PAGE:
“Silent Concert”

The DMCA is the 1998 law governing copyright in the digital domain. Loopholes in the DMCA have left artists effectively powerless to prevent massive for-profit infringement, leading to the growth of a huge and damaging black market (yup kids, that’s what we call corporate ad-based for-profit piracy: and that’s exactly what it is) in our work. If the devil is in the details, section 512 of the DMCA is our devil’s house.

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About the Statement Of Digital Solidarity Petition

If “the devil is in the details”, then the devil destroying over half the value of musicians’ work (and permitting the mass copyright infringement that has generated windfall profits for Silicon Valley corporations) has made his mansion in one particular set of...

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Statement of Digital Solidarity

*Music Community’s response to the Copyright Office’s inquiry on section 512 of the DMCA:

End special privilege ‘safe harbor’ protections for corporate hosting platforms specializing in the delivery of content with ‘red flag’ knowledge of mass infringement.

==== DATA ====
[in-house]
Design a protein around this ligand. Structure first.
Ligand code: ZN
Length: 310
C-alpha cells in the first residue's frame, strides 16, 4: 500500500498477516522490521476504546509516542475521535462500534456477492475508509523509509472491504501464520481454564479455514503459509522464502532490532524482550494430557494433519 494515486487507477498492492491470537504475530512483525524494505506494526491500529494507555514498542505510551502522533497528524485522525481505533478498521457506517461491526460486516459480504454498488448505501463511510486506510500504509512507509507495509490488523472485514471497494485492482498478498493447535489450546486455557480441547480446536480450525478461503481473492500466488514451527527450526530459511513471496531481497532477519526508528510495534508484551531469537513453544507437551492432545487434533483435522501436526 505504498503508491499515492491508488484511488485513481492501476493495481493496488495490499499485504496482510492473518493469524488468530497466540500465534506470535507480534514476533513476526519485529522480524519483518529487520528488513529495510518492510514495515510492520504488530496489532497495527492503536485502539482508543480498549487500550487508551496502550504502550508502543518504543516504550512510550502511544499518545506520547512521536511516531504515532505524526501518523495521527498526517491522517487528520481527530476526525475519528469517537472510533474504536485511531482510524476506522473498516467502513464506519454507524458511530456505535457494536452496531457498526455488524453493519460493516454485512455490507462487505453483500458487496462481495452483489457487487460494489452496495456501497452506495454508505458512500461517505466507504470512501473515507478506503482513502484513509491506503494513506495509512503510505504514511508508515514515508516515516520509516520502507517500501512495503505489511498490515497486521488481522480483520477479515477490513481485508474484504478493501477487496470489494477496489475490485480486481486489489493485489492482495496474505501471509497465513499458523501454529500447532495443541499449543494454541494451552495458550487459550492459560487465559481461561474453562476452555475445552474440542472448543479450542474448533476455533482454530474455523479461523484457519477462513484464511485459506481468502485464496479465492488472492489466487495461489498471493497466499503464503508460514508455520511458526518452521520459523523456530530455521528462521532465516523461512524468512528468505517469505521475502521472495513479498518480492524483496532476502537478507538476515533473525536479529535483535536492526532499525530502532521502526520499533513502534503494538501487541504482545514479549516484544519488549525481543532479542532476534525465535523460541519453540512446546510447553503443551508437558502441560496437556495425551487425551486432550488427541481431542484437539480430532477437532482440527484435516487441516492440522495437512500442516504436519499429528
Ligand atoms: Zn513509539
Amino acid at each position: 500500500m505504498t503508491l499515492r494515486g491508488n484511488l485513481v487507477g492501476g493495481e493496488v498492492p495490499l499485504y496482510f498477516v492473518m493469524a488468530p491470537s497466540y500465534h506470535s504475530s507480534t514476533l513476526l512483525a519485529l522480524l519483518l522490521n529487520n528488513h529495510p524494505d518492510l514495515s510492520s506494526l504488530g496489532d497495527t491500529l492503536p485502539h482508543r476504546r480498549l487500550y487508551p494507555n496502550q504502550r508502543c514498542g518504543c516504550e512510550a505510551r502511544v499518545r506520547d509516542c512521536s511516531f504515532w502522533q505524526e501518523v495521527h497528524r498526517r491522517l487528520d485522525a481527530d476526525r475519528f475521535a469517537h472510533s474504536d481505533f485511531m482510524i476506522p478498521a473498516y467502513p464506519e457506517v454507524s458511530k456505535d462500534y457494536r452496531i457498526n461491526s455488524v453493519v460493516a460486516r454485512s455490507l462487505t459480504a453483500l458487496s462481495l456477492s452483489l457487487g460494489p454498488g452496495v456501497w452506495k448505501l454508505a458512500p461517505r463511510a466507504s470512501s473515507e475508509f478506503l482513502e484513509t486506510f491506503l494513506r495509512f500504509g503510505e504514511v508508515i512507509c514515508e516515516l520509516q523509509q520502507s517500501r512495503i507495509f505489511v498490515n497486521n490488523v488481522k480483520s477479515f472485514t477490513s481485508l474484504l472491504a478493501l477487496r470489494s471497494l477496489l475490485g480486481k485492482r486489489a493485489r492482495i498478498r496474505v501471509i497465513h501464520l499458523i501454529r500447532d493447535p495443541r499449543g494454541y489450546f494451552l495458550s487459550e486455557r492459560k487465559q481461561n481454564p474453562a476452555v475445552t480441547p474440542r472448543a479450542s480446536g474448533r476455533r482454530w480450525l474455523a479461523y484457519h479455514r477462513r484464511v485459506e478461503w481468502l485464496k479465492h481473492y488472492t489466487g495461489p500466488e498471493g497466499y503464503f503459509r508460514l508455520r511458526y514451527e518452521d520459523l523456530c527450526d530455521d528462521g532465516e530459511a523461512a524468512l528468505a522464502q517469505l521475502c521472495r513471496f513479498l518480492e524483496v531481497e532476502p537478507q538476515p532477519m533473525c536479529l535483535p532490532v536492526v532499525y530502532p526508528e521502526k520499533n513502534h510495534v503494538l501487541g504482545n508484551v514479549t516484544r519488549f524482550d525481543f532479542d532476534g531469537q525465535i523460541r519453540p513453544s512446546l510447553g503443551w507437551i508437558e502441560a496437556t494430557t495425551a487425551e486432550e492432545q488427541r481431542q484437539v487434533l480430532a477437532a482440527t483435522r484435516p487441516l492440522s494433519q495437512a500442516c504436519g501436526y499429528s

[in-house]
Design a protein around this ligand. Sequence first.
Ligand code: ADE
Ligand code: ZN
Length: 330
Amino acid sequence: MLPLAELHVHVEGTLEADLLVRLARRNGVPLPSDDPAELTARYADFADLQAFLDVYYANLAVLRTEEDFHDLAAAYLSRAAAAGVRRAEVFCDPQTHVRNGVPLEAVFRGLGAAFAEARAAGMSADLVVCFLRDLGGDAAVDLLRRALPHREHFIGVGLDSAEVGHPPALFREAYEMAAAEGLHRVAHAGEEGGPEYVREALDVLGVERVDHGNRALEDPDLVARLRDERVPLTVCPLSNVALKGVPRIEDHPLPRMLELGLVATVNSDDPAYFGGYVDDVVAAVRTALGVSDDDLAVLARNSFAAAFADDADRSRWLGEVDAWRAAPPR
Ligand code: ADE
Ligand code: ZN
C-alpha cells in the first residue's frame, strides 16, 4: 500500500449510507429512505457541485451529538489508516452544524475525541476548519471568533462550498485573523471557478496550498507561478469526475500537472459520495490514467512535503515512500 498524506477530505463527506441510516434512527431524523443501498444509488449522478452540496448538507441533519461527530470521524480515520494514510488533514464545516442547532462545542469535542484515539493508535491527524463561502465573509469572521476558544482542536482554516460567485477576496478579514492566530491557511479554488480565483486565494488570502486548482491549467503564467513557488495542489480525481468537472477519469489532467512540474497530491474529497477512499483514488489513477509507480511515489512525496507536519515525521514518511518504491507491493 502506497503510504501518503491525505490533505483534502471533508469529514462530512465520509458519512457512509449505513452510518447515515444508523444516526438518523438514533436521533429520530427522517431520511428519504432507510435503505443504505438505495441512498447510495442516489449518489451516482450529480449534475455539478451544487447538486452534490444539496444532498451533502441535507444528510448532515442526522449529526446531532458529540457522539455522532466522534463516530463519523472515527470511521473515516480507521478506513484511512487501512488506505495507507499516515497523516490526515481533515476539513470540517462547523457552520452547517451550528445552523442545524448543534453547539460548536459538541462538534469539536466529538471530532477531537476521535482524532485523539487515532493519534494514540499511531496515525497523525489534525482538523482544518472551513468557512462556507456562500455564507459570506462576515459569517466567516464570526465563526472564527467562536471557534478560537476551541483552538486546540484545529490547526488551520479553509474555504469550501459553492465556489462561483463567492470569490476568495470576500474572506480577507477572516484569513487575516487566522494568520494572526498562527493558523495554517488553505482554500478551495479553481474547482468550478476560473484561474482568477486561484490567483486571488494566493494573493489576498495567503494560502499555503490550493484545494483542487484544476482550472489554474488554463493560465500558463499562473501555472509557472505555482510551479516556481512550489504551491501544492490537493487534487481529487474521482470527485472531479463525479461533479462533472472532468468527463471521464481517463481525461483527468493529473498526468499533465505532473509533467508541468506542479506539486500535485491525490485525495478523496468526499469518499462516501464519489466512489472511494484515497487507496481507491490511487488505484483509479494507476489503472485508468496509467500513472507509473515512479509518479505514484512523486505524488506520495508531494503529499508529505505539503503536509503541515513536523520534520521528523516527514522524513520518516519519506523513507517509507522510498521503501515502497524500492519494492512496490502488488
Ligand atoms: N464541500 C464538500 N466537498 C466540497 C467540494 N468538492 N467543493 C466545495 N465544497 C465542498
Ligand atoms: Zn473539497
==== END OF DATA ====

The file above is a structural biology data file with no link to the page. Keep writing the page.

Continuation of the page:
End the game of whack-a-mole: reform the DMCA so that a single take-down notice effects the take-down of all identical files on a site… permanently.
Use the technology to protect our rights – without harming freedom of speech or genuine ‘fair uses’ – this technology exists now, and should be made standard for all major hosting platforms that deliver content and wish to enjoy Safe Harbor protections.

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Zephyr Teachout: Musicians Action Alert

Fight For the Future and organizations like it have appropriated the language of progressives while failing to acknowledge that working artists are even part of the discussion — acting as though the only people who have an interest in creative rights are the RIAA, the MPAA, and other major entities. FFTF also fails to acknowledge their own corporate funding or the fact that their policy agenda is highly conducive to Google’s corporate agenda.

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“Silent Concert”

The DMCA is the 1998 law governing copyright in the digital domain. Loopholes in the DMCA have left artists effectively powerless to prevent massive for-profit infringement, leading to the growth of a huge and damaging black market (yup kids, that’s what we call corporate ad-based for-profit piracy: and that’s exactly what it is) in our work. If the devil is in the details, section 512 of the DMCA is our devil’s house.

read more